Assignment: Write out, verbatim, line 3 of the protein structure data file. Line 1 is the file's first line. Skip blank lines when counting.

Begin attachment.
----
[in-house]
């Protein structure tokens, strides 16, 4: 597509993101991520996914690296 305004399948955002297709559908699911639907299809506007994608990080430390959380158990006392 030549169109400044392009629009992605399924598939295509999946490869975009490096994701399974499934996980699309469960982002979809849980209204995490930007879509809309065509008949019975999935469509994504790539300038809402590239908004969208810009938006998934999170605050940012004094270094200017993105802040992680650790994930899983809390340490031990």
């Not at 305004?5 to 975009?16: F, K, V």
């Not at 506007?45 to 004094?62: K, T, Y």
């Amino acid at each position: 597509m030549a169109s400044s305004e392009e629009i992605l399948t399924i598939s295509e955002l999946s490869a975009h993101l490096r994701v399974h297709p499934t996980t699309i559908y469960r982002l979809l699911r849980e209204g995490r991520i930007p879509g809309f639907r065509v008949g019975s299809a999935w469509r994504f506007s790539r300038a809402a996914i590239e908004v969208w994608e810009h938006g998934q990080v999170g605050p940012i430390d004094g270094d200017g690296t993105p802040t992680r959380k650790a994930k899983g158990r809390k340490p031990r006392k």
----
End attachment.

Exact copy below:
């Not at 305004?5 to 975009?16: F, K, V």